Pitsligo

   PITSLIGO, a parish, in the district of Buchan, county of Aberdeen, 4 miles (W. by N.) from Fraserburgh; containing, with the burgh of barony of Rosehearty, and the village of Pittullie, 1582 inhabitants, of whom 832 are included within the rural district. This place gave its name as the title of the Forbes family, to whom it anciently belonged, and of whose castle there are still some considerable remains. Alexander, the fourth lord Pitsligo, who succeeded his father in 1691, and was the author of several moral and philosophical essays, having joined in the rebellion of 1745, was attainted, and the title and estates were forfeited to the crown: the lands are now principally the property of Sir John Stuart Forbes, Bart. The parish, which was separated by act of the Scottish parliament, in 1633, from the parish of Aberdour, is bounded on the north by the Moray Frith, and is about three and a half miles in length and three miles in breadth, comprising 4500 acres, of which 4000 are arable and pasture, twenty woodland and plantations, and the remainder, whereof 200 acres are susceptible of improvement, sites of building, roads, and waste. The surface is generally level, broken only by some few cairns and tumuli, none of which have an elevation of more than thirty feet; and there are neither lakes, rivers, nor streams of any importance, though an ample supply of water for domestic use is obtained from springs, of which there are several, some of them possessing mineral properties. The coast is about four miles in extent; the shore on the east of Rosehearty is loose and flat, partly sandy and partly rocky, but on the west, towards Aberdour, consists mainly of bold and precipitous rocks. The soil is various, chiefly a light black mould, but partly a clayey loam; the crops are, oats, barley, beans, turnips, potatoes, and the various grasses. Considerable improvement has lately been made in the system of husbandry; the lands, where marshy, have been drained, and the fields inclosed, generally with dykes of stone; and there are threshing-mills on most of the farms. The cattle are mostly of the pure Aberdeenshire breed; a few of the Herefordshire were recently introduced, and a cross between the short-horned and the Buchan has been found to answer. A hard stone of a blueish colour is quarried for building; and flags are raised from the rocks on the beach, from four to sixteen inches in thickness, capable of being polished for mantel-pieces. There are fishing-stations at Rosehearty and at Pittullie; the fish taken are, cod, ling, haddocks, and skate, with several smaller kinds. Facility of communication is afforded by the old roads from Fraserburgh to Banff, and from Rosehearty to Strichen, which intersect each other in the centre of the parish; and by a turnpikeroad from Fraserburgh to Banff, which bounds it for more than two miles on the south. The rateable annual value of Pitsligo is £4602.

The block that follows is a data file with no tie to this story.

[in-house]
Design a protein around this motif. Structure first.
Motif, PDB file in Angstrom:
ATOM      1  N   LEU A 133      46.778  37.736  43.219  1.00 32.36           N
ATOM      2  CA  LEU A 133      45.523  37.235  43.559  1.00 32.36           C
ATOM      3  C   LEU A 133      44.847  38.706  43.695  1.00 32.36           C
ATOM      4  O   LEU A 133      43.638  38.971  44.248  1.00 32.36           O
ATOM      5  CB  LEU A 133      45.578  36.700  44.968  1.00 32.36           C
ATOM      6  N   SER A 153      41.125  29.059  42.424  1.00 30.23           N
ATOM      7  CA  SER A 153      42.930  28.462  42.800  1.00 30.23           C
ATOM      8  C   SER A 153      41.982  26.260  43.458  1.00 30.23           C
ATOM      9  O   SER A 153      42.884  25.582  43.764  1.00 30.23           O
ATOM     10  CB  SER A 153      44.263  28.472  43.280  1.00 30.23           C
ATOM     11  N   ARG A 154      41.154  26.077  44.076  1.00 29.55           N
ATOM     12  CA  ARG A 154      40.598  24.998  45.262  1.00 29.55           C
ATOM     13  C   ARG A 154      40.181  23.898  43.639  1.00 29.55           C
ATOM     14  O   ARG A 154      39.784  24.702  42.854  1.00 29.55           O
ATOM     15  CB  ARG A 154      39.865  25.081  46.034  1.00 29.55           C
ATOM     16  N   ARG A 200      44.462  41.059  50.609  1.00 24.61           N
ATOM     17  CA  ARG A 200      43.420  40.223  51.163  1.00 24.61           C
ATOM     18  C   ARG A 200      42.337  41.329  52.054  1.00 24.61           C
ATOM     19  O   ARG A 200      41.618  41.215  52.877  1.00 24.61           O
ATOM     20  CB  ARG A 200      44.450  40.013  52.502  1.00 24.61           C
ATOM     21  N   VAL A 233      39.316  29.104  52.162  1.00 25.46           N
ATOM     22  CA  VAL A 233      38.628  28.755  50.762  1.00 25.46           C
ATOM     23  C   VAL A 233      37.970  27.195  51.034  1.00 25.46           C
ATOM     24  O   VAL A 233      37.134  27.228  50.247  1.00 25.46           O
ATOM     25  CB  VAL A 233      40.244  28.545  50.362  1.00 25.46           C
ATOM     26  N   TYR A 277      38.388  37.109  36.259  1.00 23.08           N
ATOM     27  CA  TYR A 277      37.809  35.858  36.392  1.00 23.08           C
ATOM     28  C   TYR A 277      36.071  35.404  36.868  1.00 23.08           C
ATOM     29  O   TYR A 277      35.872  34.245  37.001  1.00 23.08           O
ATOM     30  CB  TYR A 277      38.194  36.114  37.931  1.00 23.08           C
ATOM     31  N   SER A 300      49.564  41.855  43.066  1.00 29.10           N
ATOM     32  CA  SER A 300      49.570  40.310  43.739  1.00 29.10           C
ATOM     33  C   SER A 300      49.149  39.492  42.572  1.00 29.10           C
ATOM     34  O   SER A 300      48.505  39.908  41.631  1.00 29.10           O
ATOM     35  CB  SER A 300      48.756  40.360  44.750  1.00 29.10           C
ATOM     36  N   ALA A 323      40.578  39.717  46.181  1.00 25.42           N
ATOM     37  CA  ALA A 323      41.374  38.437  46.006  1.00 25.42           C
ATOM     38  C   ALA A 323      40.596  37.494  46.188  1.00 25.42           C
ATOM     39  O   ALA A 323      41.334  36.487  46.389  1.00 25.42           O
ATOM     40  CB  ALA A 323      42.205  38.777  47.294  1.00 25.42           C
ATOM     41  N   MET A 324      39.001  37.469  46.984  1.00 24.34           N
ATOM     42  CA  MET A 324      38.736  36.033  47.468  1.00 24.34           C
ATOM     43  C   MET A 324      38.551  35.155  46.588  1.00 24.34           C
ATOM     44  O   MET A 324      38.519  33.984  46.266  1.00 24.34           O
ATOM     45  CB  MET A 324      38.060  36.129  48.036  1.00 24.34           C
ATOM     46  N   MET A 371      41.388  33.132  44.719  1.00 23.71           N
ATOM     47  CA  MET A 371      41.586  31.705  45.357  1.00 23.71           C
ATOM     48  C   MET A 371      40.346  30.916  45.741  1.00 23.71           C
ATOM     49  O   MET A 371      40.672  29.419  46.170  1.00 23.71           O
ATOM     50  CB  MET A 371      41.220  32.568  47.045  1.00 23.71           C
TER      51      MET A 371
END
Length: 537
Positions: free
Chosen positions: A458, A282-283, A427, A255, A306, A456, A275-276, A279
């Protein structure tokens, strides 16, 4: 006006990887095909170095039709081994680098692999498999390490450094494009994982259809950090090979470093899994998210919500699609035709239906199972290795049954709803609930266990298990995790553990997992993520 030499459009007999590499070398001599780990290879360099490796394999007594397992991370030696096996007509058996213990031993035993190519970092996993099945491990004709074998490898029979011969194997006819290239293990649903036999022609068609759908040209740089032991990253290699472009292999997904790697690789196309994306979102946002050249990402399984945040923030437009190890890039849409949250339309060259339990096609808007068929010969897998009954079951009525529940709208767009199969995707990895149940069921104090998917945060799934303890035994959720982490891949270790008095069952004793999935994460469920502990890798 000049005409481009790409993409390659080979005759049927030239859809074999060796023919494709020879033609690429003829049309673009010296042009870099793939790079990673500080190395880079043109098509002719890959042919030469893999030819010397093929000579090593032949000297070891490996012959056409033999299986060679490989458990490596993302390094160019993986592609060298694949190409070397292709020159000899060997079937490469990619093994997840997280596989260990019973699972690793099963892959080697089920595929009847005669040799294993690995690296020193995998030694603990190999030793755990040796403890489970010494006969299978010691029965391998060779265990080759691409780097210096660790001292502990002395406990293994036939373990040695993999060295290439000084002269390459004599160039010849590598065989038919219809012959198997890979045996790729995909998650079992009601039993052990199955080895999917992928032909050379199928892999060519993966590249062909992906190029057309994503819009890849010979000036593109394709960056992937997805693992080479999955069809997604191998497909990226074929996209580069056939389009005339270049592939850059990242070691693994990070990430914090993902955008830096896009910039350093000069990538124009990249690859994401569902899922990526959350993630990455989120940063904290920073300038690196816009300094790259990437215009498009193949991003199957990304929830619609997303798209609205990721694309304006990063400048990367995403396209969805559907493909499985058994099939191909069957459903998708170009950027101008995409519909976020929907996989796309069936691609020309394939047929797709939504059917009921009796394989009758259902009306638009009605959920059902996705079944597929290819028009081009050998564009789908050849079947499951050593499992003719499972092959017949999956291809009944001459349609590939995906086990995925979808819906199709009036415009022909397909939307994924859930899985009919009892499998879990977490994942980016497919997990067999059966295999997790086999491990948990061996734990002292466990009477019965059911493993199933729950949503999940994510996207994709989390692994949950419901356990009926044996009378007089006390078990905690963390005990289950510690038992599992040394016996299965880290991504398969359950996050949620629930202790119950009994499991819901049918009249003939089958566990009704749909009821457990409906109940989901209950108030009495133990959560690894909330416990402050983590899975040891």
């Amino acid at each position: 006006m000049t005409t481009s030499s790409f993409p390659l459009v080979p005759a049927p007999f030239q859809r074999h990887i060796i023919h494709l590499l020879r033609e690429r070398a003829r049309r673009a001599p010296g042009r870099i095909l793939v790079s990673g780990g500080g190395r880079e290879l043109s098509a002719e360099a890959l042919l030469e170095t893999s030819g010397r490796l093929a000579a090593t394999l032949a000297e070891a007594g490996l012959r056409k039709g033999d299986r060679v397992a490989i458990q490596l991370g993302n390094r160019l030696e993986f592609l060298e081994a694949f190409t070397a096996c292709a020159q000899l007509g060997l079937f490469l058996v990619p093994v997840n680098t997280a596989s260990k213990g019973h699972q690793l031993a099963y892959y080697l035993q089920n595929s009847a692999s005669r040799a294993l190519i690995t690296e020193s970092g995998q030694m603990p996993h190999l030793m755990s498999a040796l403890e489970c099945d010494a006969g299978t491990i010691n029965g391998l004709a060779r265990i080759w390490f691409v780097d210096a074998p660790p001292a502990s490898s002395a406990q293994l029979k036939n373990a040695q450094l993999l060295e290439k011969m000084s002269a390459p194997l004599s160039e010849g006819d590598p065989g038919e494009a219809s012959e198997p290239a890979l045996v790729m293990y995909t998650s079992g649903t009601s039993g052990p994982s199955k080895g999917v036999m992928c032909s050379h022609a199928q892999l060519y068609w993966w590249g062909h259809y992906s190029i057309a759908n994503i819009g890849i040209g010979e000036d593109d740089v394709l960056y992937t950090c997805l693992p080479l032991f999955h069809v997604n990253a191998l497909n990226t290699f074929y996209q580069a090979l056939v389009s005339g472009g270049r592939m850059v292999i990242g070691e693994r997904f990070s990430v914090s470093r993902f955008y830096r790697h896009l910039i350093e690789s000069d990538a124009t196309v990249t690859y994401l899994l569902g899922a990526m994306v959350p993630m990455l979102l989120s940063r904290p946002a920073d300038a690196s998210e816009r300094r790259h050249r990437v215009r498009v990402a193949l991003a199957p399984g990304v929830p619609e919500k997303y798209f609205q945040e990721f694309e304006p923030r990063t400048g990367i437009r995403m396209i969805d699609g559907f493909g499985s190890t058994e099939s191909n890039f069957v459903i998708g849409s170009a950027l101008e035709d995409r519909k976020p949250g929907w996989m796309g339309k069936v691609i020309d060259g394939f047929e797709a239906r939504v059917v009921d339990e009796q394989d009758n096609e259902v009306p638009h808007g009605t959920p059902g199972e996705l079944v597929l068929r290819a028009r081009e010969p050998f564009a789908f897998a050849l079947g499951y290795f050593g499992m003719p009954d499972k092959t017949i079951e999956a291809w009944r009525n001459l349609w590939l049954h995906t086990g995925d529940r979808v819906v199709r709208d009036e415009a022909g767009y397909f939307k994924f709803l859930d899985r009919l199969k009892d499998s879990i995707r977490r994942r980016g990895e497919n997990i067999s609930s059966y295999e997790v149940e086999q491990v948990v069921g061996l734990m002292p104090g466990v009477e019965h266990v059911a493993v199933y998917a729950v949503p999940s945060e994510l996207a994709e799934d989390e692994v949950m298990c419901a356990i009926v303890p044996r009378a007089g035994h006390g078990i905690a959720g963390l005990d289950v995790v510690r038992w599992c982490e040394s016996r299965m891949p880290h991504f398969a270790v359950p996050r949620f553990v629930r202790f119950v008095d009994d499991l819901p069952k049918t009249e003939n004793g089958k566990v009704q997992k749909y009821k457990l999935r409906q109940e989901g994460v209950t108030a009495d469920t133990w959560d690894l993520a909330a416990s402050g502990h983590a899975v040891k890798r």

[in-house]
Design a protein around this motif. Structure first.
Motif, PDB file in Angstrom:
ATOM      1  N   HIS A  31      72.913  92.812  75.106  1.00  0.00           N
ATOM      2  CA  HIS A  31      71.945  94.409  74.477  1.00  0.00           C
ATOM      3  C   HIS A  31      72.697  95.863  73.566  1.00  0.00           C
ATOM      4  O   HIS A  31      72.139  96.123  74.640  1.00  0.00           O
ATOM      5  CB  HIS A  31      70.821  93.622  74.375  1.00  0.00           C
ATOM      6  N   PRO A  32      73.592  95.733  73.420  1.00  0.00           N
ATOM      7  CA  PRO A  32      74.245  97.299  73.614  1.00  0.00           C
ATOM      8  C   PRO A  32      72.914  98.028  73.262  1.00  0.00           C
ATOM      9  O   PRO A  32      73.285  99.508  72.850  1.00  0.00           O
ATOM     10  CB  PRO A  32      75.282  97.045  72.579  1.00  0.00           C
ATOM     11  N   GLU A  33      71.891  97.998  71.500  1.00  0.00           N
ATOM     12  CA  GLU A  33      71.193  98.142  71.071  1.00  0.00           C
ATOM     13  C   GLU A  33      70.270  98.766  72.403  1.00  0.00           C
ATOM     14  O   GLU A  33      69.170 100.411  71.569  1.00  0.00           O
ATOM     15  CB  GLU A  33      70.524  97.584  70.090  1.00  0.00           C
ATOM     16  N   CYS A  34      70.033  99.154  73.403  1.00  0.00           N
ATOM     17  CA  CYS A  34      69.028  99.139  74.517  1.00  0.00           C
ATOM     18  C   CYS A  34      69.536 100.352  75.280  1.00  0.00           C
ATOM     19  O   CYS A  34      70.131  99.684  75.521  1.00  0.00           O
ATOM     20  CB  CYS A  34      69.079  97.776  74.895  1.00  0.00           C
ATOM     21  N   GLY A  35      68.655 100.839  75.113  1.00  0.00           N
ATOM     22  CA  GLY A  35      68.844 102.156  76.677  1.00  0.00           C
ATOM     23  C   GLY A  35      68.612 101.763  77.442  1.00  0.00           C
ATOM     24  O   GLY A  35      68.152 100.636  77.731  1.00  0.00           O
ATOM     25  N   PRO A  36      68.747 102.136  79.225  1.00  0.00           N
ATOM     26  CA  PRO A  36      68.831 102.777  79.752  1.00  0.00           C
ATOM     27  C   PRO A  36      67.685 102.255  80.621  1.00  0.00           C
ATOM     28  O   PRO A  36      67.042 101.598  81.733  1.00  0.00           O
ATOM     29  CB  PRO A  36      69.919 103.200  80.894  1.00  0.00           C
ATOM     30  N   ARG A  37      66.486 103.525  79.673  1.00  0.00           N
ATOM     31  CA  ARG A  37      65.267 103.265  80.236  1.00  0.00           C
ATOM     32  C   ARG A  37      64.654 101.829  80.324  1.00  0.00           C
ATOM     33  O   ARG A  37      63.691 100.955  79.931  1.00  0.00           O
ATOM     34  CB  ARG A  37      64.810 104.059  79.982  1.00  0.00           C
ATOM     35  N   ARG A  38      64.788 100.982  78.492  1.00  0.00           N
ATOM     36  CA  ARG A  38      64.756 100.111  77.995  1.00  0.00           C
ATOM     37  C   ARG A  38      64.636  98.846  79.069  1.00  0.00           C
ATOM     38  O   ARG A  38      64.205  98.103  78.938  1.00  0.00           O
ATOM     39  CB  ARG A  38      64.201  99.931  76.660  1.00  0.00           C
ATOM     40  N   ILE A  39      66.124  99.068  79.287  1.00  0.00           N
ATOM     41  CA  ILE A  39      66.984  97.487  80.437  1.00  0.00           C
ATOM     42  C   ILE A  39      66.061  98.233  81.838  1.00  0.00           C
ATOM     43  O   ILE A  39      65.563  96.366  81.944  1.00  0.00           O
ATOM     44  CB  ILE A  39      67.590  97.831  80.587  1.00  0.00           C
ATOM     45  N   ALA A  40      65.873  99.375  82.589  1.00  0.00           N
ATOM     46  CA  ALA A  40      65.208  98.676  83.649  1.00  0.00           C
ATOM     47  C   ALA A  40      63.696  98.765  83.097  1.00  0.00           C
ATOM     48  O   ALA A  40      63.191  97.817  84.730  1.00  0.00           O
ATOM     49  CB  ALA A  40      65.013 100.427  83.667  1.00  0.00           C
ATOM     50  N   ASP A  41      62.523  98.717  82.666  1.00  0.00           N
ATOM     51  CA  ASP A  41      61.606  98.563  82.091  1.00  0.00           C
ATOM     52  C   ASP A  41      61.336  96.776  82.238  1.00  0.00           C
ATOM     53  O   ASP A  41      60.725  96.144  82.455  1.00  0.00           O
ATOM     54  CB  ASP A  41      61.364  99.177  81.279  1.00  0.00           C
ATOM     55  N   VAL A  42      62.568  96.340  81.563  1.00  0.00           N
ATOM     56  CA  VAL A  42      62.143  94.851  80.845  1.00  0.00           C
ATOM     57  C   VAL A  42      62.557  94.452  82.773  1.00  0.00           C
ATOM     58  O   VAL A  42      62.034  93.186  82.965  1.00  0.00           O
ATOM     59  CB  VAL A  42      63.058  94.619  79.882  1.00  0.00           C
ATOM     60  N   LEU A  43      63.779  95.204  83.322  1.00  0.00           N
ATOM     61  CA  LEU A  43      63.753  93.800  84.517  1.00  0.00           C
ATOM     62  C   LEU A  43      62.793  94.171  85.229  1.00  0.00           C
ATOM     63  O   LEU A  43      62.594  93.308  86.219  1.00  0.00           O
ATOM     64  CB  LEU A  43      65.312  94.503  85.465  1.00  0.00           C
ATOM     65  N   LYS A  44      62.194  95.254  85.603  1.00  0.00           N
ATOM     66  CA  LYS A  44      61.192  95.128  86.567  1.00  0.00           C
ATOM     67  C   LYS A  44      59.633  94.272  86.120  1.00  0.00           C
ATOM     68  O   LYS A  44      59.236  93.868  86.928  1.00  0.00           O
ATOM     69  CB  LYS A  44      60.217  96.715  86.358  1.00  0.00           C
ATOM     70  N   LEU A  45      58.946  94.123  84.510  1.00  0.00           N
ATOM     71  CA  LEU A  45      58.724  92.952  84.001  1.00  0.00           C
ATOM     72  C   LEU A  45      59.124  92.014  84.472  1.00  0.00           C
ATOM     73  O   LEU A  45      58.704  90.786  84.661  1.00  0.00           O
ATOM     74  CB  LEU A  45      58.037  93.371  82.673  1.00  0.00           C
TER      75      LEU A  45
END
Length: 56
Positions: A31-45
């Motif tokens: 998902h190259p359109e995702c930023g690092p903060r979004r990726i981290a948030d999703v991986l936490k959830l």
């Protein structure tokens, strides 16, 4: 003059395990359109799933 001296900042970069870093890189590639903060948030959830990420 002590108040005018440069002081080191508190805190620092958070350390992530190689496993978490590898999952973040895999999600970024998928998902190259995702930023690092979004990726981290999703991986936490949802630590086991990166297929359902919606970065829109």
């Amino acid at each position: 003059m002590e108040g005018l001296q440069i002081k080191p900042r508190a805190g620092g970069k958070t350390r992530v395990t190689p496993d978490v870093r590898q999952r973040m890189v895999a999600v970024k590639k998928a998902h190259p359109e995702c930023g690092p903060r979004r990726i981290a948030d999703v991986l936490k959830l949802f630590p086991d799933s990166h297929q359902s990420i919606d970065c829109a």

The ecclesiastical affairs are under the superintendence of the presbytery of Deer and synod of Aberdeen: the minister's stipend is £191. 4. 4., with a manse, and a glebe valued at £18 per annum; patron, the Crown. The church, erected in 1634, and distinctly seen from the coast, is a handsome structure with a square tower and angular turrets: the interior is embellished with richly-carved oak in that part forming the aisle; it contains 504 sittings. The minister officiates also on Sunday evenings, at Rosehearty, to a congregation of about 300 persons. A Free Church was built in 1844, and there is a place of worship for members of the United Secession. The parochial school, for which a building was erected in 1839, at a cost of £300, is attended by 100 children; the master has a salary of £34. 4.4., with a house, and an allowance of £2 in lieu of garden; and the fees average £30 per annum. Connected with the school is a library of 100 volumes. There are seven other schools in the parish; two have small endowments, and the rest are supported exclusively by the fees. Some remains exist of the ancient castles of Pitsligo and Pittullie, both on the estate of Sir John Forbes. The former stands about a quarter of a mile south-by-east of Rosehearty, and appears to have been of great strength; the grounds attached to it are well planted, and the gardens produce abundance of fine fruits. On the older portion of the castle of Pittullie are the arms of the Saltoun family, by whom it is supposed to have been founded. The various cairns and tumuli scattered over the surface of the parish, are said to have been raised over the bodies of invaders from Denmark and Norway who were slain in battle. Andrew Cant, remarkable as a defender of the Covenant, was tutor in the family of the first lord Pitsligo, and the first minister of the parish after its formation in 1633; he was translated in 1639 to another incumbency, and eventually died at Aberdeen, where his tombstone yet remains, in the churchyard of the West church. The church of Pitsligo is still generally designated Cant's Kirk by the fishermen.
   See Rosehearty.

A Topographical dictionary of Scotland. . 1856.

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